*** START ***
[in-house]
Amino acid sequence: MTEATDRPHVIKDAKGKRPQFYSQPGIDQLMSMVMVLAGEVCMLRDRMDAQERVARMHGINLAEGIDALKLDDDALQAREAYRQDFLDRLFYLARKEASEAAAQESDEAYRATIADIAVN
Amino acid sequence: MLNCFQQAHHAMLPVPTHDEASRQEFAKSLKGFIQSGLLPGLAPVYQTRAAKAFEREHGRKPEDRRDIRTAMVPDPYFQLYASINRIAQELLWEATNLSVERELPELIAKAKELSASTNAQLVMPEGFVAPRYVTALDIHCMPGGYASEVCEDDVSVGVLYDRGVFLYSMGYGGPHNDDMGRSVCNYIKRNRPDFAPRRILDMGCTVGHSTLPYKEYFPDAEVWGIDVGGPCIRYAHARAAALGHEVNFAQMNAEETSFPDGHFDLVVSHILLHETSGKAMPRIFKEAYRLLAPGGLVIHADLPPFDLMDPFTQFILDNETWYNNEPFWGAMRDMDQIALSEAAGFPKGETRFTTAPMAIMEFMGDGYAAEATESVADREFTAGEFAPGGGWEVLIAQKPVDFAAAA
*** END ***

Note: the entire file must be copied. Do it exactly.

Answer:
[in-house]
Amino acid sequence: MTEATDRPHVIKDAKGKRPQFYSQPGIDQLMSMVMVLAGEVCMLRDRMDAQERVARMHGINLAEGIDALKLDDDALQAREAYRQDFLDRLFYLARKEASEAAAQESDEAYRATIADIAVN
Amino acid sequence: MLNCFQQAHHAMLPVPTHDEASRQEFAKSLKGFIQSGLLPGLAPVYQTRAAKAFEREHGRKPEDRRDIRTAMVPDPYFQLYASINRIAQELLWEATNLSVERELPELIAKAKELSASTNAQLVMPEGFVAPRYVTALDIHCMPGGYASEVCEDDVSVGVLYDRGVFLYSMGYGGPHNDDMGRSVCNYIKRNRPDFAPRRILDMGCTVGHSTLPYKEYFPDAEVWGIDVGGPCIRYAHARAAALGHEVNFAQMNAEETSFPDGHFDLVVSHILLHETSGKAMPRIFKEAYRLLAPGGLVIHADLPPFDLMDPFTQFILDNETWYNNEPFWGAMRDMDQIALSEAAGFPKGETRFTTAPMAIMEFMGDGYAAEATESVADREFTAGEFAPGGGWEVLIAQKPVDFAAAA